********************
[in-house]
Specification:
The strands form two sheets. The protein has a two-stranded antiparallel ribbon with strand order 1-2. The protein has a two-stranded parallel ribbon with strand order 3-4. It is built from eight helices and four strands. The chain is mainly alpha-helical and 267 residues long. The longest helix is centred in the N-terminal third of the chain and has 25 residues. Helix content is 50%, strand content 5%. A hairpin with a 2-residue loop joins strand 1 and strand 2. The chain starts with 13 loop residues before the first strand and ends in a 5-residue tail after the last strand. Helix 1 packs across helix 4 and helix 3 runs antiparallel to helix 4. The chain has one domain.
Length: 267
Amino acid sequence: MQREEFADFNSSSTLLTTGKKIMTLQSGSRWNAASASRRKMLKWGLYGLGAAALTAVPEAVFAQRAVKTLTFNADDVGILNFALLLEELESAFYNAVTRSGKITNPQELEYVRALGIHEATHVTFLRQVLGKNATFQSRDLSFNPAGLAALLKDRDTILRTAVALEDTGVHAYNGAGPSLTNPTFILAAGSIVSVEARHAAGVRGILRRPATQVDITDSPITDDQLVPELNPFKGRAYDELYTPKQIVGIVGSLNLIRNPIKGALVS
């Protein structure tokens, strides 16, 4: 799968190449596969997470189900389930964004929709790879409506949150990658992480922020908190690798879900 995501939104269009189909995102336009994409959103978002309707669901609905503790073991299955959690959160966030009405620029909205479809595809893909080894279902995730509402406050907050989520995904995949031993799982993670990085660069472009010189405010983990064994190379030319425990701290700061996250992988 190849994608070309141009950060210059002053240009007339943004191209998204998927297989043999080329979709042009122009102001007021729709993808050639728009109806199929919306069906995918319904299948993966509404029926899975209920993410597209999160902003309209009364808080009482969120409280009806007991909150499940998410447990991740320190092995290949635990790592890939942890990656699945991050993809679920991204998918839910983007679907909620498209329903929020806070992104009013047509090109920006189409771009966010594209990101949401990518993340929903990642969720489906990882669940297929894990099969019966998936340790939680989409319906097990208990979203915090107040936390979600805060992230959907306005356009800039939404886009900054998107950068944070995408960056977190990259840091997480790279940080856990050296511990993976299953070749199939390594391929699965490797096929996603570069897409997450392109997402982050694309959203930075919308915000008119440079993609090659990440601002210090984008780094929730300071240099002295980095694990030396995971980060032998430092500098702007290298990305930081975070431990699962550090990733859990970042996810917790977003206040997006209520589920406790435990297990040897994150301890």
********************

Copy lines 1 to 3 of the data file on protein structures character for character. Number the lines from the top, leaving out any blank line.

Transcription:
[in-house]
Specification:
The strands form two sheets. The protein has a two-stranded antiparallel ribbon with strand order 1-2. The protein has a two-stranded parallel ribbon with strand order 3-4. It is built from eight helices and four strands. The chain is mainly alpha-helical and 267 residues long. The longest helix is centred in the N-terminal third of the chain and has 25 residues. Helix content is 50%, strand content 5%. A hairpin with a 2-residue loop joins strand 1 and strand 2. The chain starts with 13 loop residues before the first strand and ends in a 5-residue tail after the last strand. Helix 1 packs across helix 4 and helix 3 runs antiparallel to helix 4. The chain has one domain.